Post by DaftInvestor » Wed Sep 28, 2016 4:13 pm

OP: Are you sure you fully understand this plan? Did they tell you that you would or could be contributing up to 4 plans at the same time (versus contributing to only a single plan for each period)?
The reason I ask is that I've been in plans with "24 month periods and 6 month buys" - but each buy was part of the same 24 month plan unless the price dropped in which case they would automatically move all my contributions up to the next plan. For current participants the 24 month clock would reset ONLY IF the stock went down (to get the better start price) and then you would move to the "new" 24 month plan. (The new plan would always start for for new employees, or employees who hadn't participated before, but if you were already in a plan with a better price - you stuck with that plan). In other words - you would put all your money into Plan A at the low start-of-plan 15% discount. After 6 month a buy would happen. If the stock wasn't cheaper on 6 months + 1 day your purchases would stick with Plan A. If the stock was cheaper on 6 months + 1 day your future purchase would automatically be moved to the new 24 month plan (say Plan B). After another 6 months the same thing would occur - you would be in Plan A or Plan B depending upon prior outcome but if the stock was cheaper after this next 6 month buy compared to the beginning of the cheaper of Plan A or Plan B you would be automatically moved to Plan C. It provided the best results without having to decide which 24 month cycle you were contributing against.
If this isn't the case for you I would think you could manage this yourself - start with all your $500 in the first plan. After 6 months shift contributions (provided they allow you to do so) if the stock is lower for the new plan start.

As a side note - the 24 month cycle is important because unlike regular LTCG you can only get LTCGs on ESPP after the 24 month period is up (but I would recommend selling ASAP anyway and taking the tax hit - versus risking losing your nearly guaranteed 15%+ gain).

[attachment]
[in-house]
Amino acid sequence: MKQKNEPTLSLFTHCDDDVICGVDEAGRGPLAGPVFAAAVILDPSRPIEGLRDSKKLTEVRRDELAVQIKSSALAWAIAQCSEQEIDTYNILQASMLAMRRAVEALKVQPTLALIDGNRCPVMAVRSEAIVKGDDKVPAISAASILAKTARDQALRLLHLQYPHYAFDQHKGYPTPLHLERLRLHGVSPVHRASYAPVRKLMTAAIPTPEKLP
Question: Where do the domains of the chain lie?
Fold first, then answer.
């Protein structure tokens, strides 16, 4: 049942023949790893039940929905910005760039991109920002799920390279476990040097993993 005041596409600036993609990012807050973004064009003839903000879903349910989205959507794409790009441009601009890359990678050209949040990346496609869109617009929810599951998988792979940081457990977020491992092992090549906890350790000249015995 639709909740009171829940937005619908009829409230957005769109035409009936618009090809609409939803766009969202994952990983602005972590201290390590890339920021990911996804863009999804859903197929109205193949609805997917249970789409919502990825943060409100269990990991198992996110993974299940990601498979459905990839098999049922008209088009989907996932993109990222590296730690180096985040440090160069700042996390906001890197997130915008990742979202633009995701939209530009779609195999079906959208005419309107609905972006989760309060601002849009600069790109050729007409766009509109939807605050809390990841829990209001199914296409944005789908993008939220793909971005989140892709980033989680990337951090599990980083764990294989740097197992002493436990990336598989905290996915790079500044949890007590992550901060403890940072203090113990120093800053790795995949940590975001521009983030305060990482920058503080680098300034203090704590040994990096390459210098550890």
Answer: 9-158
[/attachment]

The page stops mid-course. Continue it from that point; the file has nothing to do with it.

jalbert
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Re: ESPP strategy question

Post by jalbert » Thu Sep 29, 2016 2:30 pm

dbr wrote:In general you want to buy the stock at an 85% discount to what you can sell it and sell it as soon as possible. I am not exactly clear about when you can sell, but the idea is to take the 15% and run while holding as little exposure as possible to company stock.

In my job we once had the ability to buy stock monthly at 15% discount and sell it on purchase. You could allocate 10% of pay to that, so the result was a simple 1.5% pay raise. Later they imposed a one year vesting period meaning one was exposed to market risk for a year but with a 15% head start. At that point I considered the whole thing a wash and bailed.
+1

Tal-
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Re: ESPP strategy question

Post by Tal- » Thu Sep 29, 2016 2:44 pm

We have an ESPP, and do the standard 'sell as fast as we can' approach as well. This results in the whole thing as income for taxes.

But, I heard on a podcast (Stacking Benjamins) that in some circumstances, it may be possible to treat a part of the gains as cap gains. A 2-second search showed a turbo tax page on this topic. https://turbotax.intuit.com/tax-tools/t ... 12047.html

So, while I've historically sold the stock immediately, I may start to hold the stock for long enough to move the gains from income tax to cap gains tax.
Debt is to personal finance as a knife is to cooking.

MFD
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Re: ESPP strategy question

Post by MFD » Fri Sep 30, 2016 12:04 am

DaftInvestor,

Yes, I believe I understand the plan. The plan summary does mention participating in multiple Offers, as long as the maximum monthly contribution level is not met. The Offer Period is 24 months, and a new offer starts every six months, which is how I came up with a possibility of participating in 4 plans at the same time. The plan does not allow for contributions to be shifted. If a plan is withdrawn from, the funds are returned, but a new plan may be participated in as long as the monthly maximum is not met.

Meg77,

While the price is set at the beginning, the withdrawals are taken out in an equal amount over the two year period. The stock price has mostly been going up, so putting the maximum monthly contribution into the first plan may be the best choice. If it does really drop, I can withdraw from that plan and start with the new one.

My previous company plan was much like the one DaftInvestor described, which was much simpler. I'm not sure why this company has the plan set up this way, possibly because they are not based in the U.S.